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Like you said, that is how our father was. I think in The Gambia, I am not saying now, but before, there was no village where you will go and talk about our father, and they will say they don’t know him. He was really a man for all, and our house or compound was open to all, and during lunch or breakfast, our friends would eat before they go to school, and even the neighbours would come and eat, and nobody dared to complain. So, my father was very open and willing to give, and this is the kind of environment we grew up in. Our father will always tell us to share with our neighbours and friends, the less privileged. We [Modou and I] are not rich per se, because there are many Gambians who are wealthier than us, but it’s about the heart and the training we received from our father.

How did you come to join Customs & Excise and who were your mates and mentors?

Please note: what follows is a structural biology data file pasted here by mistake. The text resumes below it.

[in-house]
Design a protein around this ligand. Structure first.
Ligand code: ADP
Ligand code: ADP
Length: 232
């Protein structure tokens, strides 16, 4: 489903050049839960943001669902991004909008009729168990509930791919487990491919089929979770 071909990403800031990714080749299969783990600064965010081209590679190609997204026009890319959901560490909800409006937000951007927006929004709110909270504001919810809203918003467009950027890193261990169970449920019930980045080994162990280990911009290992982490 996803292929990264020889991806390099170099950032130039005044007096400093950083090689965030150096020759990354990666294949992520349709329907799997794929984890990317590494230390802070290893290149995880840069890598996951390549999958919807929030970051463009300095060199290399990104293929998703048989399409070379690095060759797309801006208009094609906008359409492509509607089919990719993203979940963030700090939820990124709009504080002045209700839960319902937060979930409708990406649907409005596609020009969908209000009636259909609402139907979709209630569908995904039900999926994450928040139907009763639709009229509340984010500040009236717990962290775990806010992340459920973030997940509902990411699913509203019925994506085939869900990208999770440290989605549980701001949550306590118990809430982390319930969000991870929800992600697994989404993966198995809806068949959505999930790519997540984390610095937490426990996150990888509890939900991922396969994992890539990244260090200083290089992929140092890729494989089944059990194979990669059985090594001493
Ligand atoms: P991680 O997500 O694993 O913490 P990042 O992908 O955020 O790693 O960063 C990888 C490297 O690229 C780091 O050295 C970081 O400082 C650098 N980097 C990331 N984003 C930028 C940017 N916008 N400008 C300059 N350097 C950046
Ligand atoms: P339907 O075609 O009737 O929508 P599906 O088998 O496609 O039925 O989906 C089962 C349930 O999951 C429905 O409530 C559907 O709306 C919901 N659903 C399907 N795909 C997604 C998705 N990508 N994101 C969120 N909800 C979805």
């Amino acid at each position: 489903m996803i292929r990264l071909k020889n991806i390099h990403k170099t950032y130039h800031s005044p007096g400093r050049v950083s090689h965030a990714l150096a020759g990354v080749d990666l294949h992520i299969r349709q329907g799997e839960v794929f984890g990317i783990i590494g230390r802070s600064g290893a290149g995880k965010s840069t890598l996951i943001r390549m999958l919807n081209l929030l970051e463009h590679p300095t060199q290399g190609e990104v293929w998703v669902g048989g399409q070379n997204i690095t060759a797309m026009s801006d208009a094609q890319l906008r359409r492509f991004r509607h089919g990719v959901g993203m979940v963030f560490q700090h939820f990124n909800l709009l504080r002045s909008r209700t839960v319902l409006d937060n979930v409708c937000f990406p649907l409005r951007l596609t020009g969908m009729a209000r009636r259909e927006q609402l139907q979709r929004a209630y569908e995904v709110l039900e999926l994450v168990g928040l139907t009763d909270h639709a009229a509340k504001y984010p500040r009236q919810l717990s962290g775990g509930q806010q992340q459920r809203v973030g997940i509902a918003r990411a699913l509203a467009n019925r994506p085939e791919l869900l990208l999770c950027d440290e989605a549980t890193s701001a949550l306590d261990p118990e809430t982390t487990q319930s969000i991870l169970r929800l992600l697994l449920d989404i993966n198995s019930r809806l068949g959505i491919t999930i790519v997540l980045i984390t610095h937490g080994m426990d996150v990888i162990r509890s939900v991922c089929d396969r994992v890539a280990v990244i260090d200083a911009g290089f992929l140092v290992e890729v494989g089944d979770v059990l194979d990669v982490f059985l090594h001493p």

It all started 30 years ago, and it was not something I planned. I never intended to be a tax collector. I have never been to the Customs or port area during my school days, but you know, sometimes destiny takes you where you never imagined. So, when I finished my schooling, there was this advertisement placed in newspapers by Customs saying that they wanted to recruit some officers, and one of our neighbours in Banjul asked me to apply. I applied together with Njobo Baldeh, who is now the valuation manager at GRA, and one Lang Ceesay. We were called for an interview, and luckily, we were shortlisted. I remember this being the time of Daddy Jobe [renowned Customs & Excise head). I can still recall when I went with my papers, he looked at them and said yes, this is the kind of people we are looking for. I had no idea what I was supposed to do. We were sent to the jacking section under the audit unit. The audit section is where all the transactions end up, and there was this young gentleman at the time called Abdoulie Badjie, a son of former minister Alieu Kama Badjie. Abdoulie taught us what to do, and that is how everything started.